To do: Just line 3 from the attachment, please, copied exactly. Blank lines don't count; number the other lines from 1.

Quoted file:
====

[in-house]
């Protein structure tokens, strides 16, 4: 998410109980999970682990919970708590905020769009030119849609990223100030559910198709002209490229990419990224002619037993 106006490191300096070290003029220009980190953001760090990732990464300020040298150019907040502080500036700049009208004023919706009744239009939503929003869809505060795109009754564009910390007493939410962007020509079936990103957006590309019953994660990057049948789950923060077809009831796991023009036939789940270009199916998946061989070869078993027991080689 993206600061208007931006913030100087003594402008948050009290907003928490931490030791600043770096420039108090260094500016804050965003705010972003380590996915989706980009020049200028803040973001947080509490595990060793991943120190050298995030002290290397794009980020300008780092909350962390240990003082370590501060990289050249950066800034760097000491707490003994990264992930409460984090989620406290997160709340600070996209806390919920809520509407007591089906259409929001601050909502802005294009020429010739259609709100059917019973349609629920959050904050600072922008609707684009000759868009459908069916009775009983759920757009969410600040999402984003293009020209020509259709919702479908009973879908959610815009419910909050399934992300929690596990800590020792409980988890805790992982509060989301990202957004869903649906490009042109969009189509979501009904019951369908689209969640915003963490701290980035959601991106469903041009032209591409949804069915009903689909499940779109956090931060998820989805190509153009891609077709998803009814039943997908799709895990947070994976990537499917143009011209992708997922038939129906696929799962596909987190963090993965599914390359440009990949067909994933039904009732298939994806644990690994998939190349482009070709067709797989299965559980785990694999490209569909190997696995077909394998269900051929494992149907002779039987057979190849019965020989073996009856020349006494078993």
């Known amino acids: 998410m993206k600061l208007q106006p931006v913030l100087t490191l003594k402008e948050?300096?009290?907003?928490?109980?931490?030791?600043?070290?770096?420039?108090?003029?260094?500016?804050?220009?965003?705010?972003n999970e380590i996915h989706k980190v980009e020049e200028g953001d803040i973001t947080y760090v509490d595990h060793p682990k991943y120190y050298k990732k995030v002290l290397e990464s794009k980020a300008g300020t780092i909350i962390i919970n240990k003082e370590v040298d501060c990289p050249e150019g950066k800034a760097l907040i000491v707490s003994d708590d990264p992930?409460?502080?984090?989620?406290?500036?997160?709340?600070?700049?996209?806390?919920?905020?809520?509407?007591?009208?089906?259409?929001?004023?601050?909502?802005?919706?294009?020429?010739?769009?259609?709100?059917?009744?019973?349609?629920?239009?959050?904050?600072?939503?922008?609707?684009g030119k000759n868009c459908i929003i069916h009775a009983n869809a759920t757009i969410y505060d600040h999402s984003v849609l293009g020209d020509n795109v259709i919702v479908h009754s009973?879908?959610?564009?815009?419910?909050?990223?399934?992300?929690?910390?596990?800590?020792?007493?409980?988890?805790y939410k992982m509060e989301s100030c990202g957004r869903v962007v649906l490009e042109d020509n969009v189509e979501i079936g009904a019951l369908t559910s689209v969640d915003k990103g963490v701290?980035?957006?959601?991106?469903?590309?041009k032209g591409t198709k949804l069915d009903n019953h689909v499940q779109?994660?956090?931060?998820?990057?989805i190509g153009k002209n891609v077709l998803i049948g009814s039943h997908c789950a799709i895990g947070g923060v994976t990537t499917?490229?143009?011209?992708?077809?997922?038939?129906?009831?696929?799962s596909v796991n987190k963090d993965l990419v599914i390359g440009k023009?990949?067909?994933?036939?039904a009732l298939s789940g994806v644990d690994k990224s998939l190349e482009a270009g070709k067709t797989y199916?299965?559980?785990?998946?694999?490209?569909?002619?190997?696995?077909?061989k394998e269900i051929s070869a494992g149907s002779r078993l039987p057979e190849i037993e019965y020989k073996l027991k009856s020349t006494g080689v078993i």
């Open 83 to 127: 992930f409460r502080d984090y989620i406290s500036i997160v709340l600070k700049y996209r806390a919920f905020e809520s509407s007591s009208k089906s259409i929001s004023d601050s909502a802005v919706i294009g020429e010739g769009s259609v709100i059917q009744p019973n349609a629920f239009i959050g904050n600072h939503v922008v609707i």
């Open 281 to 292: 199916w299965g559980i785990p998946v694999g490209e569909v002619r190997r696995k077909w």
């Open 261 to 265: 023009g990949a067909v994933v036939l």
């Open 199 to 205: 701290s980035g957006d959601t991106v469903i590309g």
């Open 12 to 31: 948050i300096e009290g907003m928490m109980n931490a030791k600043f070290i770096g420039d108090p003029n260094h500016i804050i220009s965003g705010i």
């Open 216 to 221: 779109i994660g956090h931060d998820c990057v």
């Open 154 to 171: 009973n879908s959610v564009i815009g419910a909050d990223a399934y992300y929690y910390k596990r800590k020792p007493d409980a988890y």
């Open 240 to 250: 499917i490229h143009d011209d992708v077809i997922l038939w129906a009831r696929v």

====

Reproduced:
């Known amino acids: 998410m993206k600061l208007q106006p931006v913030l100087t490191l003594k402008e948050?300096?009290?907003?928490?109980?931490?030791?600043?070290?770096?420039?108090?003029?260094?500016?804050?220009?965003?705010?972003n999970e380590i996915h989706k980190v980009e020049e200028g953001d803040i973001t947080y760090v509490d595990h060793p682990k991943y120190y050298k990732k995030v002290l290397e990464s794009k980020a300008g300020t780092i909350i962390i919970n240990k003082e370590v040298d501060c990289p050249e150019g950066k800034a760097l907040i000491v707490s003994d708590d990264p992930?409460?502080?984090?989620?406290?500036?997160?709340?600070?700049?996209?806390?919920?905020?809520?509407?007591?009208?089906?259409?929001?004023?601050?909502?802005?919706?294009?020429?010739?769009?259609?709100?059917?009744?019973?349609?629920?239009?959050?904050?600072?939503?922008?609707?684009g030119k000759n868009c459908i929003i069916h009775a009983n869809a759920t757009i969410y505060d600040h999402s984003v849609l293009g020209d020509n795109v259709i919702v479908h009754s009973?879908?959610?564009?815009?419910?909050?990223?399934?992300?929690?910390?596990?800590?020792?007493?409980?988890?805790y939410k992982m509060e989301s100030c990202g957004r869903v962007v649906l490009e042109d020509n969009v189509e979501i079936g009904a019951l369908t559910s689209v969640d915003k990103g963490v701290?980035?957006?959601?991106?469903?590309?041009k032209g591409t198709k949804l069915d009903n019953h689909v499940q779109?994660?956090?931060?998820?990057?989805i190509g153009k002209n891609v077709l998803i049948g009814s039943h997908c789950a799709i895990g947070g923060v994976t990537t499917?490229?143009?011209?992708?077809?997922?038939?129906?009831?696929?799962s596909v796991n987190k963090d993965l990419v599914i390359g440009k023009?990949?067909?994933?036939?039904a009732l298939s789940g994806v644990d690994k990224s998939l190349e482009a270009g070709k067709t797989y199916?299965?559980?785990?998946?694999?490209?569909?002619?190997?696995?077909?061989k394998e269900i051929s070869a494992g149907s002779r078993l039987p057979e190849i037993e019965y020989k073996l027991k009856s020349t006494g080689v078993i």